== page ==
Plaintiff sued alleging violations of title II of the ADA and the Rehabilitation Act, including retaliation. The court originally dismissed the claims with leave to amend. When the complaint was amended, plaintiff added an equal protection claim.




Court’s Reasoning That Incident 1 Did Not Violate the ADA or the Rehabilitation Act


  1. The complaint admits that the entire episode has its origins in plaintiff triple booking his own calendar and states no connection between that scheduling choice and any disability. Plaintiff does not plead any facts plausibly showing that he was denied access to the courts through this incident. Further, the judge’s comment about potential future events cannot be fairly read to allege either deliberate indifference to ADA rights, nor can it be considered severe and pervasive.



Court’s Reasoning That Incident 2 Did Not Violate the ADA or the Rehabilitation Act


  1. Plaintiff adds in the amended complaint that the judge did not treat non-disabled attorneys in similar circumstances in the way that he treated the plaintiff.
  2. Plaintiff was not denied access to the courts and the asserted disability was wholly unrelated to plaintiff’s self-generated conflict in his own schedule.
  3. There was no connection stated between any disability and plaintiff’s scheduling choices.
  4. The judge dismissed the rule to show cause without utilizing that proceeding to take any adverse action against the plaintiff.



Court’s Reasoning That Incident 3 Did Not Violate the ADA or the Rehabilitation Act


  1. While the judge’s remarks were not kind, there is no connection between the unfriendly dialogue and plaintiff’s ability to accept the courts. Plaintiff’s amended complaint shows that he was not denied access to the courts in the case before the judge nor in the case before a different judge. There is also no indication in the amended complaint that the judge actually denied plaintiff any requested accommodation.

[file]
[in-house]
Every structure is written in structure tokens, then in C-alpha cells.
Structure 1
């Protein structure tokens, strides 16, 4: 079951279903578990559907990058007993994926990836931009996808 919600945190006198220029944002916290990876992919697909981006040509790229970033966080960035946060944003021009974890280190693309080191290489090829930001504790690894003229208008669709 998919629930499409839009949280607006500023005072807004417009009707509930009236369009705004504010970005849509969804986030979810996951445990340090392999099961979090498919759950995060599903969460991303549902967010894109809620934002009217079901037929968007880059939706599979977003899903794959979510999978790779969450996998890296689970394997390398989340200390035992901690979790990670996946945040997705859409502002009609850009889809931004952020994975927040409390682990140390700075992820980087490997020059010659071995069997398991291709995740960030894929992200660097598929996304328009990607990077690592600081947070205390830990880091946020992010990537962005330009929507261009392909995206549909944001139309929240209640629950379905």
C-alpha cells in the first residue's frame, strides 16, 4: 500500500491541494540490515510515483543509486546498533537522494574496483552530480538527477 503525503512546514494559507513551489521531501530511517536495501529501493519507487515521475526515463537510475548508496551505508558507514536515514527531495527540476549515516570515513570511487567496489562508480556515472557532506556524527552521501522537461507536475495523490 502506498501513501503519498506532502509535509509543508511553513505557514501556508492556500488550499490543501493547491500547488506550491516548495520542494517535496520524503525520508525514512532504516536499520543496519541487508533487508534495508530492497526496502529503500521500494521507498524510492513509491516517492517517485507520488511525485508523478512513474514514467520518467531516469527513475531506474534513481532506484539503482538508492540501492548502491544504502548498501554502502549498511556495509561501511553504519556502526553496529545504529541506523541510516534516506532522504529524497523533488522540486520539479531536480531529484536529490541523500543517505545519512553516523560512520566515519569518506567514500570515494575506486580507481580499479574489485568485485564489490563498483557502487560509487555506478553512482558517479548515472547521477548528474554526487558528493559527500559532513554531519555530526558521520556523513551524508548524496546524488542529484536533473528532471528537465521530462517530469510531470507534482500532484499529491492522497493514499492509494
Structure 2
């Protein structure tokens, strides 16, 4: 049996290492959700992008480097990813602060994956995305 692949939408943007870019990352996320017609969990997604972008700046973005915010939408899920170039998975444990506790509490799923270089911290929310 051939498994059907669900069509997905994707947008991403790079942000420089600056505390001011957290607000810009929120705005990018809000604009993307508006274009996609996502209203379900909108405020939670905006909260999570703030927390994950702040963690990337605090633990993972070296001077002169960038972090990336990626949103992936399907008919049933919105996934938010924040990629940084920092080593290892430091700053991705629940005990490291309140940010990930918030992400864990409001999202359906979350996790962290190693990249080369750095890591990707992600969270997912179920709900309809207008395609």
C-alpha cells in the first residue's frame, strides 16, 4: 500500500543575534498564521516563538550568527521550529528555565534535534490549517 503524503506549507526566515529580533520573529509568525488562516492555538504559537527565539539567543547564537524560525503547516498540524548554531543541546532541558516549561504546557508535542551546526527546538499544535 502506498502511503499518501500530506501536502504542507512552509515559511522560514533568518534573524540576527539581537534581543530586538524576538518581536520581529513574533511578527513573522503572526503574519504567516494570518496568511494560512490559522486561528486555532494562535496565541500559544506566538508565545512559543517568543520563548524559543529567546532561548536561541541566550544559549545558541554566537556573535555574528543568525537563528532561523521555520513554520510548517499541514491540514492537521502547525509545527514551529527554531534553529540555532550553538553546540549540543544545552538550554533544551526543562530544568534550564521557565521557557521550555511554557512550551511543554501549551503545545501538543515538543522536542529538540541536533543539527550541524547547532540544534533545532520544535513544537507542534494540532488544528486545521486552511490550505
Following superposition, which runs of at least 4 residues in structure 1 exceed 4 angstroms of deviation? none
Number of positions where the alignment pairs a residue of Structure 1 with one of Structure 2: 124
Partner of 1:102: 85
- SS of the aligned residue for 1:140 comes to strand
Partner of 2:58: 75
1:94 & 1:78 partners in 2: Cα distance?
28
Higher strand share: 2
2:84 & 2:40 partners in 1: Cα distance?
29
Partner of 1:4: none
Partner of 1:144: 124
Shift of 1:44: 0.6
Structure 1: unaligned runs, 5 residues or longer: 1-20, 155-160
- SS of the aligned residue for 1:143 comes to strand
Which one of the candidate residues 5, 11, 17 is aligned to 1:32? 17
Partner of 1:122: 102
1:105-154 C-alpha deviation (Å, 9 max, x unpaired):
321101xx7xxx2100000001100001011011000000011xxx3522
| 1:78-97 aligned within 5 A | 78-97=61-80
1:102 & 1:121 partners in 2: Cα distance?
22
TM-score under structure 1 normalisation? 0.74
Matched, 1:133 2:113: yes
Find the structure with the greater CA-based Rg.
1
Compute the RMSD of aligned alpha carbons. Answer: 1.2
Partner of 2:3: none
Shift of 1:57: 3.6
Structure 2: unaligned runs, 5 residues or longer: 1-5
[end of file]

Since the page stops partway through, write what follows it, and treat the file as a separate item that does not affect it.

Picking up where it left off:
2. The judge’s unfriendly behavior, resulting in no limitation on the plaintiff appearing as a lawyer in any court, does not rise to a level supporting a plausible claim under the ADA.



Court’s Reasoning That Incident 4 Did Not Violate the ADA or the Rehabilitation Act


  1. The judge granted the very continuance that the plaintiff was seeking.
  2. For an ADA claim to exist, there has to be a denial of an accommodation or an underlying service.
  3. The granting of the continuance ensured that the plaintiff was not denied a benefit or service of the courts based on the disability, and despite the comments plaintiff says that he had to endure, his disability was actually accommodated. So, despite the judge’s allegedly confrontational language, there was no harm stemming from the incident connected to plaintiff’s ability to accept the courts or receive a service or benefit from the courts. In fact, plaintiff asked for a 30 day continuance and received it.



Court’s Reasoning That Incident 5 Did Not Violate the ADA or the Rehabilitation Act


  1. The claim is a straightforward attack on the judge’s alleged refusal to recuse in cases involving the plaintiff and therefore, is barred by the Rooker Feldman doctrine.